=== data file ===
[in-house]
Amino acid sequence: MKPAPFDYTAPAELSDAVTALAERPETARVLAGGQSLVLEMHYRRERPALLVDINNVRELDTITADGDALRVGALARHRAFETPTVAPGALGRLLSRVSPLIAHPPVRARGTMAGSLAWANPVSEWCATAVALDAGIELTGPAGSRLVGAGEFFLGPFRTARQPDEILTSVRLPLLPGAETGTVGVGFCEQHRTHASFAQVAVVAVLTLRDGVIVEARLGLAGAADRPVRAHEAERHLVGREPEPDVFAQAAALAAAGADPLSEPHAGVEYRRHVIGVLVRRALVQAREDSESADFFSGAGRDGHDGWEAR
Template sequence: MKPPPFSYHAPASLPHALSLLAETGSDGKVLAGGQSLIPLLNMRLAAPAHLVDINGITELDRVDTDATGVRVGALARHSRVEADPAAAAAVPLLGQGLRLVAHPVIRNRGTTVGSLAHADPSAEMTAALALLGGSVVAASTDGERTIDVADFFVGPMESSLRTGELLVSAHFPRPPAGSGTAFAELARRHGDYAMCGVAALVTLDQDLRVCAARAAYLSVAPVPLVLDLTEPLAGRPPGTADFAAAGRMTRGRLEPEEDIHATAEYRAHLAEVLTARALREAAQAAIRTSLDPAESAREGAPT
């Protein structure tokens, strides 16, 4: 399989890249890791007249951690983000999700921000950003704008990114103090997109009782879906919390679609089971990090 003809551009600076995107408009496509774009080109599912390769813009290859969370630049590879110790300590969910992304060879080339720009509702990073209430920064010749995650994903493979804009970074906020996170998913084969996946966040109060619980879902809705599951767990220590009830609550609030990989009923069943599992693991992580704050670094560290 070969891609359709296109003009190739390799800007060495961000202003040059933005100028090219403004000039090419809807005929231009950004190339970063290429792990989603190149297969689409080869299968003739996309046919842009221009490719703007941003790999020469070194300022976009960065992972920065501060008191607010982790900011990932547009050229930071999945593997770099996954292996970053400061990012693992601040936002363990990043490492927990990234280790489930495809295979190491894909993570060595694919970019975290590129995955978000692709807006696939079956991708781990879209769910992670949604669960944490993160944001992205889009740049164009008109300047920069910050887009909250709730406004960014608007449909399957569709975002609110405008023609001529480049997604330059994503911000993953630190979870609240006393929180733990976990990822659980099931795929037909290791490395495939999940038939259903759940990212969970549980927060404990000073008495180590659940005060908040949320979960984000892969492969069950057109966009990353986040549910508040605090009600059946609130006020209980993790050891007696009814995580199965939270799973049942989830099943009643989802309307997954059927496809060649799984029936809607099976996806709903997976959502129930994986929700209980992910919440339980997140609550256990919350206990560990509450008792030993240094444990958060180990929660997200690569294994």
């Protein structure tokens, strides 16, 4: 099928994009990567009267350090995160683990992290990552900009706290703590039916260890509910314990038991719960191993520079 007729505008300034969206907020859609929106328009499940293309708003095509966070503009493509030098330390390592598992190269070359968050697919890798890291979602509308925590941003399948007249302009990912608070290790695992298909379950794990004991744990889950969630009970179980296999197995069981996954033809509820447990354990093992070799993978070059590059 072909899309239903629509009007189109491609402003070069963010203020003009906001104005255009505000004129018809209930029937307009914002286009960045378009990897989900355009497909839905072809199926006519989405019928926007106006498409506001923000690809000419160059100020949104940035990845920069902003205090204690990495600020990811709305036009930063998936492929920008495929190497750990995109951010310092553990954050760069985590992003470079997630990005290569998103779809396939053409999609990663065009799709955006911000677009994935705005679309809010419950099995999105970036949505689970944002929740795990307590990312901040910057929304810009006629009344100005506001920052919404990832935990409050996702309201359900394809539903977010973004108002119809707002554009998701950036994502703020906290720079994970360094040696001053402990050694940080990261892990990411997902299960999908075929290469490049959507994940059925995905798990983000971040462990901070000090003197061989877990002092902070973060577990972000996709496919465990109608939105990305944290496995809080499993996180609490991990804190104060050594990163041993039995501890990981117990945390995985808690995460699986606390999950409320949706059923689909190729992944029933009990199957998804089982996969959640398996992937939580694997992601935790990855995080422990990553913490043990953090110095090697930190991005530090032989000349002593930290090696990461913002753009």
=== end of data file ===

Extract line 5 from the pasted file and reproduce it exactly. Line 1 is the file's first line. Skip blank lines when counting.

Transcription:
């Protein structure tokens, strides 16, 4: 099928994009990567009267350090995160683990992290990552900009706290703590039916260890509910314990038991719960191993520079 007729505008300034969206907020859609929106328009499940293309708003095509966070503009493509030098330390390592598992190269070359968050697919890798890291979602509308925590941003399948007249302009990912608070290790695992298909379950794990004991744990889950969630009970179980296999197995069981996954033809509820447990354990093992070799993978070059590059 072909899309239903629509009007189109491609402003070069963010203020003009906001104005255009505000004129018809209930029937307009914002286009960045378009990897989900355009497909839905072809199926006519989405019928926007106006498409506001923000690809000419160059100020949104940035990845920069902003205090204690990495600020990811709305036009930063998936492929920008495929190497750990995109951010310092553990954050760069985590992003470079997630990005290569998103779809396939053409999609990663065009799709955006911000677009994935705005679309809010419950099995999105970036949505689970944002929740795990307590990312901040910057929304810009006629009344100005506001920052919404990832935990409050996702309201359900394809539903977010973004108002119809707002554009998701950036994502703020906290720079994970360094040696001053402990050694940080990261892990990411997902299960999908075929290469490049959507994940059925995905798990983000971040462990901070000090003197061989877990002092902070973060577990972000996709496919465990109608939105990305944290496995809080499993996180609490991990804190104060050594990163041993039995501890990981117990945390995985808690995460699986606390999950409320949706059923689909190729992944029933009990199957998804089982996969959640398996992937939580694997992601935790990855995080422990990553913490043990953090110095090697930190991005530090032989000349002593930290090696990461913002753009």